Will healthcare reform create trillion-dollar budget deficits?
That is the contention of former White House budget official James Capretta who does the math:
CBO expects the spending in the bill would grow at a rate of least 8 percent annually into the indefinite future, while the revenue to pay for it will only grow at about 5 per cent per year. Hence the “substantial increases” in federal budget deficits beyond 2019.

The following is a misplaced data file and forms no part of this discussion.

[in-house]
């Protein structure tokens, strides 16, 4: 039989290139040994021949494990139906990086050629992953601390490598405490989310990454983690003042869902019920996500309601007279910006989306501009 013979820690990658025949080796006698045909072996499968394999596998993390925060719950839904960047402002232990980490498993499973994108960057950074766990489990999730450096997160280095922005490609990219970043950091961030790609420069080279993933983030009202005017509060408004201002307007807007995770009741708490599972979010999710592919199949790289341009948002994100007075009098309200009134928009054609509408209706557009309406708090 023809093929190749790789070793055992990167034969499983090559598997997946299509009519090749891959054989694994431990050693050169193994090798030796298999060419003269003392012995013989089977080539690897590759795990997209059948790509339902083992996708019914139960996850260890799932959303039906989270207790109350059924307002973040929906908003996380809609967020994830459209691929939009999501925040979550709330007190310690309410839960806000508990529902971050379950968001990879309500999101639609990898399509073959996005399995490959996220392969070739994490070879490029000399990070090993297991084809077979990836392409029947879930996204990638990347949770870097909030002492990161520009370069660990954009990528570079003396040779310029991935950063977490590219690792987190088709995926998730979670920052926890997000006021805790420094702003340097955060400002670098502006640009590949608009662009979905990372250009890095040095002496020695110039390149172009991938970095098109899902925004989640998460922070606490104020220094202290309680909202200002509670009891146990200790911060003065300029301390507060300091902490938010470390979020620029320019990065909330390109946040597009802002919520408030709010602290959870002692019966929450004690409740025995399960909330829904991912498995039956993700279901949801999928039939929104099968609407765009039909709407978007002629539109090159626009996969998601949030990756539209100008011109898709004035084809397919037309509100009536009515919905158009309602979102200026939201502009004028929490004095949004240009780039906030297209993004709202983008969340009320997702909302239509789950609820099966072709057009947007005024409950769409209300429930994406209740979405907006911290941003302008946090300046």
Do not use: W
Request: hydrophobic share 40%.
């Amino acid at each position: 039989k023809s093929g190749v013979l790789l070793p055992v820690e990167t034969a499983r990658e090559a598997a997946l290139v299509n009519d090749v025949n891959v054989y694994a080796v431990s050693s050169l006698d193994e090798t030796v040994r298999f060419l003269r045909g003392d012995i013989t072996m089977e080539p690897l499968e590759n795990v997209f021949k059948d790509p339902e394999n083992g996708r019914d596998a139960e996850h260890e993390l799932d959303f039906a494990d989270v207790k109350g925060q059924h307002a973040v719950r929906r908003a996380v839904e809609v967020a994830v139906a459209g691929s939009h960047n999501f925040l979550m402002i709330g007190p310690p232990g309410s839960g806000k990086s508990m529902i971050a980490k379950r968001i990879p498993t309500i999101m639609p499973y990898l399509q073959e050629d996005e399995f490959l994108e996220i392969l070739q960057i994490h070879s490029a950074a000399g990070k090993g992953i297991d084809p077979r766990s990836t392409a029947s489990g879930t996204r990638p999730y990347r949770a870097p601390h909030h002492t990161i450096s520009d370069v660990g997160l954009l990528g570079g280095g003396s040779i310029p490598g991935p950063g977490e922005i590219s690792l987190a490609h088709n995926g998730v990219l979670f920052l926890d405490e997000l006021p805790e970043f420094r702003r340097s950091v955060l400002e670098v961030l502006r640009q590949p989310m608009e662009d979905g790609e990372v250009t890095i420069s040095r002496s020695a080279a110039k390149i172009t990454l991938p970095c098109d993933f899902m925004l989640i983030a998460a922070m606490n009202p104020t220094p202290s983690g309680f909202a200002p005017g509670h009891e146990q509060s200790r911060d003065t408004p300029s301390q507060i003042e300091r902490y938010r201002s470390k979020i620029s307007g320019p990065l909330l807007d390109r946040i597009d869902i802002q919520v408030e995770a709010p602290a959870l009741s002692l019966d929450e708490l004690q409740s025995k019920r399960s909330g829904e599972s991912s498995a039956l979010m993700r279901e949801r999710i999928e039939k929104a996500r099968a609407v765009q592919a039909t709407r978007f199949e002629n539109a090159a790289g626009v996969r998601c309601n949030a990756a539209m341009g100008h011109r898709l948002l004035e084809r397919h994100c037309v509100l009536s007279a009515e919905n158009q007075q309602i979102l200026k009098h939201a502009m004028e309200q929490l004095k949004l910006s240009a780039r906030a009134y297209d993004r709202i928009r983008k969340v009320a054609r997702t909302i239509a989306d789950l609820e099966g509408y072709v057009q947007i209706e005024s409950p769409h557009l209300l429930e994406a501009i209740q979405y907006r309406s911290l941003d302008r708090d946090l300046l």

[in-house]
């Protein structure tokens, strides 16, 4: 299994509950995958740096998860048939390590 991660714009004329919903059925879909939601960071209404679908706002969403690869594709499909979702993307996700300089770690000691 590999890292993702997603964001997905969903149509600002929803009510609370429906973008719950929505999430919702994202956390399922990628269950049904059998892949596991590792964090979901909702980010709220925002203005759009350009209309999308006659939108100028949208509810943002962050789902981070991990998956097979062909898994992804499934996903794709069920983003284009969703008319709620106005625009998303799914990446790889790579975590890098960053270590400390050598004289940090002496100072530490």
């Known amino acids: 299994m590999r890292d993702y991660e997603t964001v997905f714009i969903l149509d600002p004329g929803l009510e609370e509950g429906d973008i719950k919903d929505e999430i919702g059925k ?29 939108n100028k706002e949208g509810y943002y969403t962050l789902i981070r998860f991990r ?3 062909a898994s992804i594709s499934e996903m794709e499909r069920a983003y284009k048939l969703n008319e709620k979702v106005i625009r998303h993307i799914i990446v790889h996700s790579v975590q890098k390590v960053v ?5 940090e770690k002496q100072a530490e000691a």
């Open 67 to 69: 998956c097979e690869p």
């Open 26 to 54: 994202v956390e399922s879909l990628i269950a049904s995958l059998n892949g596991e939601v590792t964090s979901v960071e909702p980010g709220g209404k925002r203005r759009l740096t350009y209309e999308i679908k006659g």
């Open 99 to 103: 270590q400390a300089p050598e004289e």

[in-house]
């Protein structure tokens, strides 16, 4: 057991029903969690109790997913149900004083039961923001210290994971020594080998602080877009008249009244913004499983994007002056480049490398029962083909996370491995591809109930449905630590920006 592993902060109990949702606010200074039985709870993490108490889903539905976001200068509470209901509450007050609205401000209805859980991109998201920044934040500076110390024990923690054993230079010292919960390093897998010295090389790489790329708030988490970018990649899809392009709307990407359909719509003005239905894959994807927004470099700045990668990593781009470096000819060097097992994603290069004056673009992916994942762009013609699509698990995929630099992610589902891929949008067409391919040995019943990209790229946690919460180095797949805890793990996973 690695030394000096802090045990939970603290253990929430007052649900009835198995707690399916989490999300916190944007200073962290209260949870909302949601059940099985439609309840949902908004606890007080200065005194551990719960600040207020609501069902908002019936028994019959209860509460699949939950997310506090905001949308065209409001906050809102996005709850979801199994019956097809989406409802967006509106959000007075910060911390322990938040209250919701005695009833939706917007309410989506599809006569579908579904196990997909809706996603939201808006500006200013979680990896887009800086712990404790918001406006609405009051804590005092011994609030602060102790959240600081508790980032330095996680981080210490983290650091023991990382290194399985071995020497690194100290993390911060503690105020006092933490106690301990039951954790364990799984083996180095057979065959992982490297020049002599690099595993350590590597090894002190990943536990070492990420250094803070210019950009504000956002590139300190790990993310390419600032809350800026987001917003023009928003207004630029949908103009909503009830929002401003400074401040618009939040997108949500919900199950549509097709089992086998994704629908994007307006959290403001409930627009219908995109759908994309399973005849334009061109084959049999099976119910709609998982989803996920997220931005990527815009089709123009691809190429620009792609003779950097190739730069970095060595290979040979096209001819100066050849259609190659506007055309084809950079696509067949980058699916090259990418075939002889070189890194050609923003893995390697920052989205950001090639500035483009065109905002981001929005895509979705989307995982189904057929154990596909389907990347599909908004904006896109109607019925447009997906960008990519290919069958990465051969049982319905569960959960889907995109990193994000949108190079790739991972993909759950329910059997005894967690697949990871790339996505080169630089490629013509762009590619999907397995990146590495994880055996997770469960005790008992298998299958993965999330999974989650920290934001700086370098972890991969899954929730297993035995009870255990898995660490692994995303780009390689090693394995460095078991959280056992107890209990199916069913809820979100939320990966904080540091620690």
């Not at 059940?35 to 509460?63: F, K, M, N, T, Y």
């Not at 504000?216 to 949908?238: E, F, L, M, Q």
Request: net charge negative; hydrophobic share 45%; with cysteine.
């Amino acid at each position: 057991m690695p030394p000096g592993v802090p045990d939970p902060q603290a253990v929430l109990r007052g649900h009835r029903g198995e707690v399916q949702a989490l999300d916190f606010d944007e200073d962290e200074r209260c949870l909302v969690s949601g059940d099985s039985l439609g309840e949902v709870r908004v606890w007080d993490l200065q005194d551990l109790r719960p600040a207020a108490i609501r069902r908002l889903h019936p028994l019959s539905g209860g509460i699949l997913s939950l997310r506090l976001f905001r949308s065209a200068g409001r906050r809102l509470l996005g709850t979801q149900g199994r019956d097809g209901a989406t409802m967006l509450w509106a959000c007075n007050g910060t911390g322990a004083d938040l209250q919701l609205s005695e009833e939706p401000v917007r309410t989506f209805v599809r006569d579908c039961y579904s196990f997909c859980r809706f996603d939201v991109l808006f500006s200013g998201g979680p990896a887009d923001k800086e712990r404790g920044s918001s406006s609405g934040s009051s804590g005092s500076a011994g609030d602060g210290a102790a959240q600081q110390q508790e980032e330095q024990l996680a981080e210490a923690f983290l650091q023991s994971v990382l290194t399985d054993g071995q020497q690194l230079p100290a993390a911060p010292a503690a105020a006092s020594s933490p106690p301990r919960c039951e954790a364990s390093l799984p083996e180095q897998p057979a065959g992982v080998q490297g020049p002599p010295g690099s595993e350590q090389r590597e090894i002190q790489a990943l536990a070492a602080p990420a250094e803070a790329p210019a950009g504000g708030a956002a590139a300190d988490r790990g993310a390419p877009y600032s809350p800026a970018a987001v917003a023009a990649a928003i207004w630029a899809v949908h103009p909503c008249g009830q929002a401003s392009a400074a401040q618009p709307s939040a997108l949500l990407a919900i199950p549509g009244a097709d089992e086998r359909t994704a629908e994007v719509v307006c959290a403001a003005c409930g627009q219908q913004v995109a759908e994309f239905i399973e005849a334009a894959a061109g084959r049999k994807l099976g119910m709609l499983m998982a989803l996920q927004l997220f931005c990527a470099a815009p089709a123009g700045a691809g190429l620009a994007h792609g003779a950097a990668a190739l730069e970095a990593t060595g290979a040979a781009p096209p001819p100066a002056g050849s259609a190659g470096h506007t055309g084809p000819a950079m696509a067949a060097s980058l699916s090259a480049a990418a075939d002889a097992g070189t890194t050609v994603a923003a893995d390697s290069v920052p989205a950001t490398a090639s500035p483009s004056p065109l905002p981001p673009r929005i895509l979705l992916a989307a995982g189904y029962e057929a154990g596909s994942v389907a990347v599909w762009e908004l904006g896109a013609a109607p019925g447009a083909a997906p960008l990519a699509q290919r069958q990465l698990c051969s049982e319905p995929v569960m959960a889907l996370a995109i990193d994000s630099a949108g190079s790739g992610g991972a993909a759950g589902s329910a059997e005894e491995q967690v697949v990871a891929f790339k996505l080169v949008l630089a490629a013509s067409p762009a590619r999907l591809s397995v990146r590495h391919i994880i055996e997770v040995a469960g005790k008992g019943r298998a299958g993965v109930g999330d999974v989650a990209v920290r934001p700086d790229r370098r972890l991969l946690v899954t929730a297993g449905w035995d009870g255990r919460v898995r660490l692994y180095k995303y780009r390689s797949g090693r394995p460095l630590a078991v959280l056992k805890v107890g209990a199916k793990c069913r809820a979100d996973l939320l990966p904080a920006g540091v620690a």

Although CBO declined to specify any actual deficit numbers beyond 2019, they can be easily calculated, in rough terms, from the information provided in Elmendorf’s letter.
By 2030, if the spending associated with the coverage provisions rises 8 percent per year after 2019 and the revenue rises by 5 percent, the bill would add more than $200 billion per year to currently projected budget deficits. By 2048, the annual deficit increase would top $1 trillion — and only go up from there.